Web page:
COVID-19 has led to widespread business disruption including significant financial loss to many businesses. Many insurers have refused to make a decision on claims on policies that relate to the consequences of COVID-19, arguing they were never meant to cover such unprecedented restrictions - read our previous update about business interruption insurance here.
The FCA, the regulator of insurers, has brought a test case in the High Court to seek clarity about the meaning and effect of certain BI insurance policy wording in the context of COVID-19. The FCA represented the interests of a large number of policyholders who purchased relevant policies, many of whom are SMEs.
Proceedings began on 9 June 2020 with judgment being handed down on 15 September 2020. The Defendant parties (8 insurance companies) placed before the Court a 21-representative sample of the standard form business interruption policies.
This sample included the three broad categories of wording found in insurance policies:
- Disease wording – losses caused by infectious disease where there have been cases at the premises insured or within a specific distance of the premises.
- Prevention of access/public authority wording – losses caused whereby access to the premises has been prohibited due to government restrictions or authority restrictions.
- Hybrid wording – business interruption caused by a combination of inability to use the premises or restrictions imposed by a public authority due to disease.
The FCA has published the representative sample of policy wordings here. Even though this is only a representative sample and is not intended to cover all possible disputes between policyholders and insurers, the judgment has provided welcome clarity on how clauses in other policies should be interpreted.
In summary, the judgment, of the High Court, which runs to over 160 pages found in favour of the FCA on the majority of key issues.
- Most of the disease clauses in the sample provided cover, the Court finding that COVID-19 was an occurrence of disease and the business interruption followed the disease.
- Certain denial of access clauses in the sample provided cover although this was dependent on the wording of the clause and how the business was affected by the Government’s response to the pandemic.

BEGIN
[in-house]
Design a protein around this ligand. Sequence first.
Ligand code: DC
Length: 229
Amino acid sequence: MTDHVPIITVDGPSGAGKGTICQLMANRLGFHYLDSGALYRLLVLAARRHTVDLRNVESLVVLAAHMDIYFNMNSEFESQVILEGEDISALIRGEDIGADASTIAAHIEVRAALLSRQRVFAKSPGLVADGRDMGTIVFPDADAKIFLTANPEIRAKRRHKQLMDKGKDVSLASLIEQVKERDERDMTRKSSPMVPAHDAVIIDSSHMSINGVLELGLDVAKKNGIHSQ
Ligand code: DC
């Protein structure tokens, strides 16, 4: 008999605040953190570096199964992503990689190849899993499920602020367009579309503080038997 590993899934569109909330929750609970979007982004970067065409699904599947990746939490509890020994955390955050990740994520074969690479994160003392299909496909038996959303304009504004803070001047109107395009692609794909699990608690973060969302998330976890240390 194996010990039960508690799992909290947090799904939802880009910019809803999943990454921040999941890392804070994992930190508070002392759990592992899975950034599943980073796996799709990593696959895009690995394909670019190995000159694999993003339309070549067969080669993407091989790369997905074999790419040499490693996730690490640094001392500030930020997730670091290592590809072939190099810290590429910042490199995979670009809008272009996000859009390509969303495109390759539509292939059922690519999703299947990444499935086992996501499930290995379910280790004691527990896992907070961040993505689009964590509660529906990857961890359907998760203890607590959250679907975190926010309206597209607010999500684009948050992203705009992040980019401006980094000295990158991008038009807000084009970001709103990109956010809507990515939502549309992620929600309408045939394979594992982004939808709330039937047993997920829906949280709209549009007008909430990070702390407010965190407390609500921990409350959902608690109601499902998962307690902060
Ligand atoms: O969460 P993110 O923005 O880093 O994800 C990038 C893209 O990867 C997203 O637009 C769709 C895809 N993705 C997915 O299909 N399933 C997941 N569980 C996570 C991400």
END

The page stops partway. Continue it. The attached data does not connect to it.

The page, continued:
- The Court also clarified that the pandemic and the Government and public response was a single cause of the covered loss, which is a key requirement for a policy to pay out.
Appeal in the Supreme Court
The FCA, six of the insurer defendants and the Hiscox Action Group (an intervener on behalf of certain policy holders) have appealed rulings on 13 of the examples and the appeal has been heard on an expedited basis.
The Supreme Court has, in summary, been asked to determine certain matters of construction relating to the different clauses in addition to whether or not the Court was correct in its analysis of the case Orient-Express Hotels Ltd v Assicurazioni Generali SpA. The Orient Express Hotel in New Orleans claimed on its business interruption policy after storm damage forced the hotel to close for two months. At appeal, the court held that the hotel would have suffered business loss even if it was not damaged, as the city was forced to shut after the hurricane, leaving the hotel only recovering a limited amount under its insurance policy. Insurers relied heavily on this case, however the High Court distinguished it as not having an impact on the construction of the wordings it was being asked to consider in this case.
We await the outcome of the Supreme Court appeal heard last week.
Our team are experienced in helping clients understand the options and guiding them through each process. Contact us today to discuss any of of the issues raised above in relation to business interruption insurance.